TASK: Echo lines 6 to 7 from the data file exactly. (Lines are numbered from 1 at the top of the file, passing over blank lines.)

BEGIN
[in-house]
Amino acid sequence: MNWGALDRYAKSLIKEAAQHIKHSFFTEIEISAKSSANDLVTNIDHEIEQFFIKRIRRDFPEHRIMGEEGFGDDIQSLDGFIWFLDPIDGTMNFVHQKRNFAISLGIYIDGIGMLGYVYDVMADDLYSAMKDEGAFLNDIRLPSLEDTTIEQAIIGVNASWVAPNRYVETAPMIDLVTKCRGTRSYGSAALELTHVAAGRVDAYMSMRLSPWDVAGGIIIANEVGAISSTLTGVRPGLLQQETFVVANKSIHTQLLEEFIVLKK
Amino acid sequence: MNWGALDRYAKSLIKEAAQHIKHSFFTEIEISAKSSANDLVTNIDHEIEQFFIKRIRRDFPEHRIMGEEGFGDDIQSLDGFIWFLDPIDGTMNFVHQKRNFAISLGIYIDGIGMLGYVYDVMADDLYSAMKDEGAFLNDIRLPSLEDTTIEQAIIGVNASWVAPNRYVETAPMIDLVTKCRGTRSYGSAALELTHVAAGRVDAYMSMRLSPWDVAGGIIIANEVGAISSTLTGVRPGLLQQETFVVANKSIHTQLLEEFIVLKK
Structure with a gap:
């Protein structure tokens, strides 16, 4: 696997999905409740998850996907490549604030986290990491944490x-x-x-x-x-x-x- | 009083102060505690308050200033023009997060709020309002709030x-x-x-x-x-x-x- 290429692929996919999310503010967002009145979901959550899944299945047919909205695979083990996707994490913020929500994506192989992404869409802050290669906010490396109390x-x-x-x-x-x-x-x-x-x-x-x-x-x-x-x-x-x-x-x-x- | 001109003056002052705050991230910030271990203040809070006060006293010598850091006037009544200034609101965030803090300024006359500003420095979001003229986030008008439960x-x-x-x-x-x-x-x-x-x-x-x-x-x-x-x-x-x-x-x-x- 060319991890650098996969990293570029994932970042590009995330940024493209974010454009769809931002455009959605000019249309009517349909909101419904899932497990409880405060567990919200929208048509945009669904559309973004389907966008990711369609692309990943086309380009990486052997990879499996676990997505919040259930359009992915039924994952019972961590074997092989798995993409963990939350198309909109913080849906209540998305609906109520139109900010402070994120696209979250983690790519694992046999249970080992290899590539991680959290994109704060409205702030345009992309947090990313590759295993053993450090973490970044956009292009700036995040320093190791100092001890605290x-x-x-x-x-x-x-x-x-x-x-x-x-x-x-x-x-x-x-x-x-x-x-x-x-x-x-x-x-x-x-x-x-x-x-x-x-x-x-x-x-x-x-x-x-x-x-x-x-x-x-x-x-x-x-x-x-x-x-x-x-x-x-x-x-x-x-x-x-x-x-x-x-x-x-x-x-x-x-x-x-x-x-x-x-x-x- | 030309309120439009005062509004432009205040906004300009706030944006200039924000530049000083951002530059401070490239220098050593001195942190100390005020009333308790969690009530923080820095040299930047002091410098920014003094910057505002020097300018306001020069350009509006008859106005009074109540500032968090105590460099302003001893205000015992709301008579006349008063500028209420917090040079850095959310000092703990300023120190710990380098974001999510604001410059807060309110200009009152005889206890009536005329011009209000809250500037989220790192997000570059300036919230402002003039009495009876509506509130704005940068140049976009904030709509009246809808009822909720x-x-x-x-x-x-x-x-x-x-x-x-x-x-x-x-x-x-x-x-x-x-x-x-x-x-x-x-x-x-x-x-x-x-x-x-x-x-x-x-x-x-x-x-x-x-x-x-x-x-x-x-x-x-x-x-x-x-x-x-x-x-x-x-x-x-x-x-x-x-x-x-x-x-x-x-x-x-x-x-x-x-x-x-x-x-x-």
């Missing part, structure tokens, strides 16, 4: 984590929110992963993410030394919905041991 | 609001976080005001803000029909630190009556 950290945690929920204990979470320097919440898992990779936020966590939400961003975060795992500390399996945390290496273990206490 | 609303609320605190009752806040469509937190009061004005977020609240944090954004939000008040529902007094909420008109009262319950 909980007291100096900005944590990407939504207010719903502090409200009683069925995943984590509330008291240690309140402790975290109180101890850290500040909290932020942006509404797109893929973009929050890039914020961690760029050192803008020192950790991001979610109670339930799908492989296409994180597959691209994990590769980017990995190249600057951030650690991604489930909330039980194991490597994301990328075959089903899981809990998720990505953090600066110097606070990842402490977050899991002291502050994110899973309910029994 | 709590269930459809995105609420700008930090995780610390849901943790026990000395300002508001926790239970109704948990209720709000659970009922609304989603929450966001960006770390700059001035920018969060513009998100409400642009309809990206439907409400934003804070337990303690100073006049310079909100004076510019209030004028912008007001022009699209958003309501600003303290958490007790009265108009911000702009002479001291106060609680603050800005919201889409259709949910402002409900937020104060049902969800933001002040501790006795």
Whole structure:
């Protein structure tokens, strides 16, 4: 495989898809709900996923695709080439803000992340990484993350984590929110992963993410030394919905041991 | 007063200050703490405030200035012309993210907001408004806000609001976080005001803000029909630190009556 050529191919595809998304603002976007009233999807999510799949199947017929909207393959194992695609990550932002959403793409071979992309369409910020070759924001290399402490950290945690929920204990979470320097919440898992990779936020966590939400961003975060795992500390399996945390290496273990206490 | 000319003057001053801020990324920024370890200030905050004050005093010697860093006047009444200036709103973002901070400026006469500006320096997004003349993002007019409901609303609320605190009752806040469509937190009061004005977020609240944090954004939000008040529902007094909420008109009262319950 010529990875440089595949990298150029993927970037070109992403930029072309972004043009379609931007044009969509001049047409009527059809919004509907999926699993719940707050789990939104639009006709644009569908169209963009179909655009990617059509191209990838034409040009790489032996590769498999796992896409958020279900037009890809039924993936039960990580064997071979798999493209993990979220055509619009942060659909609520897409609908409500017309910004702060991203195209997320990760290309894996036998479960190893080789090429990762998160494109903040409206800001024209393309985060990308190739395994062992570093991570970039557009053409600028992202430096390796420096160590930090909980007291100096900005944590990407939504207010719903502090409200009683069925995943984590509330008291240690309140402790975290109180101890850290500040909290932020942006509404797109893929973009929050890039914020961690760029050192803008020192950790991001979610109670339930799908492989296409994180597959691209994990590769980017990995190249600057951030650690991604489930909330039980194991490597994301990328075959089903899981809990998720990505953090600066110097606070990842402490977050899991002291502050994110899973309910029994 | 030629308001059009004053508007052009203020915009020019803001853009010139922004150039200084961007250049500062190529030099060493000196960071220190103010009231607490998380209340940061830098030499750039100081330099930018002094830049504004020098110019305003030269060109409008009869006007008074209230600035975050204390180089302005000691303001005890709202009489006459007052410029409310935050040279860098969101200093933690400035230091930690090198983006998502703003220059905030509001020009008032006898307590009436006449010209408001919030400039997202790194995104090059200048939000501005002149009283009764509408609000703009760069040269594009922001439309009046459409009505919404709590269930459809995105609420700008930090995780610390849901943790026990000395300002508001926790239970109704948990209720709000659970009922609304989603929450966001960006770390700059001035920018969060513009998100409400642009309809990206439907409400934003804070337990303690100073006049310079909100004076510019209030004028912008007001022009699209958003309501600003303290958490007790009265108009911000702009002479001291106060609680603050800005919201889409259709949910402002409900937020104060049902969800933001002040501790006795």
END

């Missing part, structure tokens, strides 16, 4: 984590929110992963993410030394919905041991 | 609001976080005001803000029909630190009556 950290945690929920204990979470320097919440898992990779936020966590939400961003975060795992500390399996945390290496273990206490 | 609303609320605190009752806040469509937190009061004005977020609240944090954004939000008040529902007094909420008109009262319950 909980007291100096900005944590990407939504207010719903502090409200009683069925995943984590509330008291240690309140402790975290109180101890850290500040909290932020942006509404797109893929973009929050890039914020961690760029050192803008020192950790991001979610109670339930799908492989296409994180597959691209994990590769980017990995190249600057951030650690991604489930909330039980194991490597994301990328075959089903899981809990998720990505953090600066110097606070990842402490977050899991002291502050994110899973309910029994 | 709590269930459809995105609420700008930090995780610390849901943790026990000395300002508001926790239970109704948990209720709000659970009922609304989603929450966001960006770390700059001035920018969060513009998100409400642009309809990206439907409400934003804070337990303690100073006049310079909100004076510019209030004028912008007001022009699209958003309501600003303290958490007790009265108009911000702009002479001291106060609680603050800005919201889409259709949910402002409900937020104060049902969800933001002040501790006795």
Whole structure: